“See? It’s simple,” the Officer says. “I’l blow my whistle later and that means you need to start making your way back. You blow your whistles if you get lost. ” He gives us each a standard-issue metal whistle. “It shouldn’t be hard. Just head back down the mountain the way you came. ” The Officer’s thinly veiled disgust for us used to amuse me. Today, I understand it. I feel disgust when I think of how we climb our little hil s when the Officials say the word. How we hand over our most precious items at their bidding. How we never, ever fight.

  We are barely out of view of the others when Ky turns to me and I turn to him and for a moment I think he is going to touch me. I sense, more than see, his hand move slightly and then drop back down. I feel a disappointment deeper than the disappointment I felt this morning when I opened my closet and did not see the compact resting there.

  “Are you al right?” he asks. “Last night, when they searched the houses—I didn’t know until after I came home. ”

  “I’m fine. ”

  “My artifact . . . ”

  Is that al he cares about? I whisper fiercely, “It’s in your flower bed. Buried under the newroses. Dig it up and then you’ll have it back. ”

  “I don’t care about the artifact,” he says, and although he stil does not touch me, I am warmed at the fire in his eyes. “I couldn’t sleep al night, worrying that I’d gotten you in trouble. I care about you. ”

  Those words are quiet here under the trees but they sing loudly in my heart, louder than al the Hundred Songs caroled al at once. And his eyes are shadowed underneath, from thinking about me. I want to reach up and touch that skin under his eyes, the one place I’ve seen any vulnerability in him, make him feel better. And then I could run my fingers there, across his cheekbones, down to his lips, to the place where his jaw meets his neck, where his neck meets his shoulder line. I like the places where one part meets another, I think, eyes to cheek, wrist to hands. Somewhat shocked at my own thoughts, I take a step back.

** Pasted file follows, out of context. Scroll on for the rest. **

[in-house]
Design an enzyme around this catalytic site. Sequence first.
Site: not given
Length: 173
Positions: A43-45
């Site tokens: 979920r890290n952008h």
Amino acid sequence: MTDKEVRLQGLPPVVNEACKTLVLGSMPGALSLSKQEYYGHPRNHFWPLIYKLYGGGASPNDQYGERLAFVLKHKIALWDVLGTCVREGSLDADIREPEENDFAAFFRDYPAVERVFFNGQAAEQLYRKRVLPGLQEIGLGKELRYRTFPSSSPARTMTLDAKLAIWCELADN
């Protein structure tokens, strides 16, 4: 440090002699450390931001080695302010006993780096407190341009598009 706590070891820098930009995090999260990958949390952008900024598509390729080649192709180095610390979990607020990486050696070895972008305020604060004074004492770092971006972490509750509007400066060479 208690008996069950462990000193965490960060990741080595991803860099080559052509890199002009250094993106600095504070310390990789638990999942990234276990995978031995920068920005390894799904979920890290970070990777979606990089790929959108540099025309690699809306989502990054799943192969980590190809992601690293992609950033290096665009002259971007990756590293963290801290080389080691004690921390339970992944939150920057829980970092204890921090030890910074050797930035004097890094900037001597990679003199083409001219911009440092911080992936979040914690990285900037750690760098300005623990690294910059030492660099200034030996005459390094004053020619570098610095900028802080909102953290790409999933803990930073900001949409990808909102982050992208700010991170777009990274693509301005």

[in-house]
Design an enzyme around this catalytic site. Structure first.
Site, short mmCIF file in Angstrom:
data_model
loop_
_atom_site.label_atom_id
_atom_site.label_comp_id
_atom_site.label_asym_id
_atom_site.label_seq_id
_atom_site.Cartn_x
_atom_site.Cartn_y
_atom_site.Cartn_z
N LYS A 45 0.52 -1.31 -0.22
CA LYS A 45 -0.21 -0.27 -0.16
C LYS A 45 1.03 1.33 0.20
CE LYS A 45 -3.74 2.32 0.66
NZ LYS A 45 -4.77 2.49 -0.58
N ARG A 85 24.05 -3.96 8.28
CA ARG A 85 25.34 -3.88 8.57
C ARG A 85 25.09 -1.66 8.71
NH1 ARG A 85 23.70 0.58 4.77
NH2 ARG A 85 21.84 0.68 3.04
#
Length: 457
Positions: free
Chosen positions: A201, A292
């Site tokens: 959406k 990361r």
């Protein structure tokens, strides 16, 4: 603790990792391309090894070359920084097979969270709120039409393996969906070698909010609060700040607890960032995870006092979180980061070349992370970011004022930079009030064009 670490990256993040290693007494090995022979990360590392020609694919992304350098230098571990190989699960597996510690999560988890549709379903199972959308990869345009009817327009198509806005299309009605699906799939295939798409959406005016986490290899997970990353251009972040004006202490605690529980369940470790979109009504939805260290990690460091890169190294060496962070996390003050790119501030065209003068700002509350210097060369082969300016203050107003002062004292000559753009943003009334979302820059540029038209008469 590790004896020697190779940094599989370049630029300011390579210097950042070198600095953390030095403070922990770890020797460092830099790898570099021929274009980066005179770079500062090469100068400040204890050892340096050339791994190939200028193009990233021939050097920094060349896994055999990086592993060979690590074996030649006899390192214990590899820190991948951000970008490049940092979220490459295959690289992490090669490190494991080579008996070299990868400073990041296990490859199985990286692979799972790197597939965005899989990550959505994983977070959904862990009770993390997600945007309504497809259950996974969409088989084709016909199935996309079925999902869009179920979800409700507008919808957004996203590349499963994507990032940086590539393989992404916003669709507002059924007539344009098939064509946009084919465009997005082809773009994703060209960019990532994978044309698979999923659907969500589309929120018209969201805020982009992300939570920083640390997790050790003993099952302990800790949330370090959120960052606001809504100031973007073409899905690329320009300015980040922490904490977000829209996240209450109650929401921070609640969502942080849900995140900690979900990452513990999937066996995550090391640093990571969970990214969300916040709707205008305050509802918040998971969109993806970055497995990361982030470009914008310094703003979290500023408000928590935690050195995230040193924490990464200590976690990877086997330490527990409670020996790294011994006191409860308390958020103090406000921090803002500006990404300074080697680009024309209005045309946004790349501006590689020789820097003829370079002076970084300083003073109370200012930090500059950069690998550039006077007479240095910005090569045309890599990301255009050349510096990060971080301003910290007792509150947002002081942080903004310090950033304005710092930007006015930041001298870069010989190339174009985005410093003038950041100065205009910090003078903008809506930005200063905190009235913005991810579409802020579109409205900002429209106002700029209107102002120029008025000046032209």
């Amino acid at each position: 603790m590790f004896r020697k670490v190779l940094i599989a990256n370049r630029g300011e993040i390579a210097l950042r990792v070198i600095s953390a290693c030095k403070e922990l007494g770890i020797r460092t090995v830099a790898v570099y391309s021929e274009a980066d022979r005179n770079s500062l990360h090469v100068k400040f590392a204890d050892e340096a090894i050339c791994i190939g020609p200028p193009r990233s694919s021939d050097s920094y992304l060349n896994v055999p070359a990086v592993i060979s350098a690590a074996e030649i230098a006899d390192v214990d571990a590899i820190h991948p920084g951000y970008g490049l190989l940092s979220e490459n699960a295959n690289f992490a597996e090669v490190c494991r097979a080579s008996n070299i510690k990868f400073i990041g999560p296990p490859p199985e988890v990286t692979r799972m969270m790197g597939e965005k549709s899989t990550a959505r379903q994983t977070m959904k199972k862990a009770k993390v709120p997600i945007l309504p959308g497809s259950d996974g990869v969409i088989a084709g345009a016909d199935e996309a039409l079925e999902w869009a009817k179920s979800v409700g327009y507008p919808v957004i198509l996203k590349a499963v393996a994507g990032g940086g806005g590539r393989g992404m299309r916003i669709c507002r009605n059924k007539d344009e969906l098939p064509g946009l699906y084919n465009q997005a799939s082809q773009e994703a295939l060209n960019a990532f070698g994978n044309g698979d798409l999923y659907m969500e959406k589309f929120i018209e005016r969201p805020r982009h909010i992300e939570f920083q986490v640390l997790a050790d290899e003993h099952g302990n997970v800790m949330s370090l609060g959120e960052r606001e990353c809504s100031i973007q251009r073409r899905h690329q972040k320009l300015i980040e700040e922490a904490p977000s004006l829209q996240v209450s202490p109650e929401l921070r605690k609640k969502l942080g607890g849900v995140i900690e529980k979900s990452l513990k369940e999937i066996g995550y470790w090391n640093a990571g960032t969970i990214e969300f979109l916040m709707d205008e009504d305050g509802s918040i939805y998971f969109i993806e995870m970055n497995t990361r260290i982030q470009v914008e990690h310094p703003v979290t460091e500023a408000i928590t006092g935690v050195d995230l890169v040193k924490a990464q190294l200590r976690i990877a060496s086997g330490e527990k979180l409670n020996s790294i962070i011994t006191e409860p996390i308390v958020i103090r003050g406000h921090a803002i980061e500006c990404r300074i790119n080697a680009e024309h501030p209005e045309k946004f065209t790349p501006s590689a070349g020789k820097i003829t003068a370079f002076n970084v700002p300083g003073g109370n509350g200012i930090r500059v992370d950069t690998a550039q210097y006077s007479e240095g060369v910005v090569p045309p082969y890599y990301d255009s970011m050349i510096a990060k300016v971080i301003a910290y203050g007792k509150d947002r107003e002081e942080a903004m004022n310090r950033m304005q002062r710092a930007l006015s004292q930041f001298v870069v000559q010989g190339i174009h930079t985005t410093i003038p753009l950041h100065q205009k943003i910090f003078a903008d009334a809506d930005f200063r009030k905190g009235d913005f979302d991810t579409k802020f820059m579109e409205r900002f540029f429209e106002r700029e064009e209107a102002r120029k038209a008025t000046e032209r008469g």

“How did you—”

  “Someone helped me. ”

  “Xander,” he says.

  How does he know? “Xander,” I agree.

  Neither of us speaks for a moment; I stand back, seeing him whole. Then he turns and begins to walk through the trees again. It is slow going; the underbrush grows so tangled here that it’s more of a climb than a hike. Trees that fel have not been cleared away and lie like giant bones across the forest floor.

  “Yesterday . . . ” I begin. I have to a
sk, as inconsequential as the question now seems. “Were you teaching Livy how to write?” Ky stops again and looks at me. His eyes seem almost green under the canopy of the trees. “Of course not,” he says. “She wanted to know what we were doing. She saw us writing. We weren’t careful enough. ”

  I feel stupid and relieved. “Oh. ”

  “I told her I’d been showing you how to draw the trees. ” He picks up a stick next to me and starts moving it around to make a pattern that does look remarkably like leaves. Then he places the stick down as the trunk of the tree. I keep looking at his hands after he has finished, not sure what else to do.

  “No one draws once they’re out of First School. ”

  “I know,” he says. “But at least it’s not expressly forbidden. ”

  I reach into the bag I carry for a piece of red cloth and tie it on a fal en tree near Ky. I keep my eyes down, looking now at my fingers as they twist the fabric into a knot. “I’m sorry. About the way I acted yesterday. ” When I straighten up, Ky has already moved on.

  “Don’t be,” Ky says, pul ing a tangle of climbing green vines away from a shrub so that we can pass through. He throws the vines at me and I catch them in surprise. “It’s good to see you jealous once in a while. ” He smiles, sun in the woods.

  I try not to smile in return. “Who said I was jealous?”

  “No one,” he says. “I could tel . I’ve been watching people for a long time. ”

  “Why did you let me hold onto it, anyway?” I ask him. “The case with the arrow. It’s beautiful. But I wasn’t sure—”

  “No one but my parents know that I have it,” he says. “When Em gave me the compact to give back to you, I noticed how much alike they were. I wanted you to see it. ”

  His voice sounds lonely al of a sudden, and I can almost hear another sentence, the one that instinct stil keeps him from saying: I wanted you to see me. Because isn’t this what it’s al about, the golden case with the arrow, the bits of story offered here and there? Ky wants someone to see him.

  He wants me to see him.

  My hands ache to reach for him. But I can’t bring myself to betray Xander in that way after everything he has done. After he saved us both—Ky and me—just last night.

  But there is something I can continue to give Ky that is purely mine, that doesn’t belong to Xander. The poem.

  I only mean to tel him a few more lines, but once I start tel ing him it’s hard to hold back, and I say the whole thing. The words go together. Some things are created to be together.

  “The words aren’t peaceful,” Ky says.

  “I know. ”

  “Then why do they make me feel calm?” Ky asks in wonder. “I don’t understand. ”

  In silence, we push our way through more undergrowth, the poem heavy in our minds.

  Final y, I know what it is I want to say. “I think it’s because when we hear it we know we’re not the only ones who ever felt this way. ”

  “Tel it to me again,” Ky asks softly. His breath catches; his voice is husky.